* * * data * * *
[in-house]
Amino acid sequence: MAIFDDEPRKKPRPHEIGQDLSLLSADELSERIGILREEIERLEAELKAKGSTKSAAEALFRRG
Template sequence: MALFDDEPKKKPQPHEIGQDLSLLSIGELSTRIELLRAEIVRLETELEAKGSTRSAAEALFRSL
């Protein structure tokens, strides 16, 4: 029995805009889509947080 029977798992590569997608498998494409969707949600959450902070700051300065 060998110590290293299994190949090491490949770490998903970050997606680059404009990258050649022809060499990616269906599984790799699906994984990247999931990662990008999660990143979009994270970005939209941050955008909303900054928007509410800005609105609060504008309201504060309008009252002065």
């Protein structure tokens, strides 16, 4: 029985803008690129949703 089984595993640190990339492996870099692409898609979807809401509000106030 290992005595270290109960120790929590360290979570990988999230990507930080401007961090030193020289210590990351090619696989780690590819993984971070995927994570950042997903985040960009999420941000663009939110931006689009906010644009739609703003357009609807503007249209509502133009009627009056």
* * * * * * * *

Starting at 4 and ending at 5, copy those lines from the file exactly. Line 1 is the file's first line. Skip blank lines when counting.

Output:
């Protein structure tokens, strides 16, 4: 029995805009889509947080 029977798992590569997608498998494409969707949600959450902070700051300065 060998110590290293299994190949090491490949770490998903970050997606680059404009990258050649022809060499990616269906599984790799699906994984990247999931990662990008999660990143979009994270970005939209941050955008909303900054928007509410800005609105609060504008309201504060309008009252002065």
């Protein structure tokens, strides 16, 4: 029985803008690129949703 089984595993640190990339492996870099692409898609979807809401509000106030 290992005595270290109960120790929590360290979570990988999230990507930080401007961090030193020289210590990351090619696989780690590819993984971070995927994570950042997903985040960009999420941000663009939110931006689009906010644009739609703003357009609807503007249209509502133009009627009056």